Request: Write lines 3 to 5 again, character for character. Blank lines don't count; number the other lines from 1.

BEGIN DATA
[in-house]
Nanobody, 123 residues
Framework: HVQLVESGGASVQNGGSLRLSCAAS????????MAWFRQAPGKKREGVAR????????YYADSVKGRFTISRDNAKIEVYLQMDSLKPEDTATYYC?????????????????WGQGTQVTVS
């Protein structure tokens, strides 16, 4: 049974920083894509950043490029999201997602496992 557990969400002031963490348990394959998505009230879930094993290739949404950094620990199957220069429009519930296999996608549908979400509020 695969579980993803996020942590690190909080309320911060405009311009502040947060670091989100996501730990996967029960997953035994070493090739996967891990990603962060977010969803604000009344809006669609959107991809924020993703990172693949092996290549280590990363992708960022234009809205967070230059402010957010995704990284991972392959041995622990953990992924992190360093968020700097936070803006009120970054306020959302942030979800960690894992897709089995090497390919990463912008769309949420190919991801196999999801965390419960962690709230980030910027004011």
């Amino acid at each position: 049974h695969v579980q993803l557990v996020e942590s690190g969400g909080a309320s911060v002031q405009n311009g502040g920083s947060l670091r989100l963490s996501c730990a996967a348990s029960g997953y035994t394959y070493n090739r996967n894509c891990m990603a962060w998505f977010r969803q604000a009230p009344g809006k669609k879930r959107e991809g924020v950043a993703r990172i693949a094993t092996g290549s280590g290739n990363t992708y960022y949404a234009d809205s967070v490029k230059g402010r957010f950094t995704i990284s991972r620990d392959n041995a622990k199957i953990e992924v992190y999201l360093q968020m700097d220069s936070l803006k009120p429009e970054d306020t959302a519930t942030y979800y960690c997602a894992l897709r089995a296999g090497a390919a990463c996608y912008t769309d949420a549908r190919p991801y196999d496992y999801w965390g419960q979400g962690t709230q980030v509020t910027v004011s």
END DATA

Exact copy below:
Framework: HVQLVESGGASVQNGGSLRLSCAAS????????MAWFRQAPGKKREGVAR????????YYADSVKGRFTISRDNAKIEVYLQMDSLKPEDTATYYC?????????????????WGQGTQVTVS
């Protein structure tokens, strides 16, 4: 049974920083894509950043490029999201997602496992 557990969400002031963490348990394959998505009230879930094993290739949404950094620990199957220069429009519930296999996608549908979400509020 695969579980993803996020942590690190909080309320911060405009311009502040947060670091989100996501730990996967029960997953035994070493090739996967891990990603962060977010969803604000009344809006669609959107991809924020993703990172693949092996290549280590990363992708960022234009809205967070230059402010957010995704990284991972392959041995622990953990992924992190360093968020700097936070803006009120970054306020959302942030979800960690894992897709089995090497390919990463912008769309949420190919991801196999999801965390419960962690709230980030910027004011």
């Amino acid at each position: 049974h695969v579980q993803l557990v996020e942590s690190g969400g909080a309320s911060v002031q405009n311009g502040g920083s947060l670091r989100l963490s996501c730990a996967a348990s029960g997953y035994t394959y070493n090739r996967n894509c891990m990603a962060w998505f977010r969803q604000a009230p009344g809006k669609k879930r959107e991809g924020v950043a993703r990172i693949a094993t092996g290549s280590g290739n990363t992708y960022y949404a234009d809205s967070v490029k230059g402010r957010f950094t995704i990284s991972r620990d392959n041995a622990k199957i953990e992924v992190y999201l360093q968020m700097d220069s936070l803006k009120p429009e970054d306020t959302a519930t942030y979800y960690c997602a894992l897709r089995a296999g090497a390919a990463c996608y912008t769309d949420a549908r190919p991801y196999d496992y999801w965390g419960q979400g962690t709230q980030v509020t910027v004011s």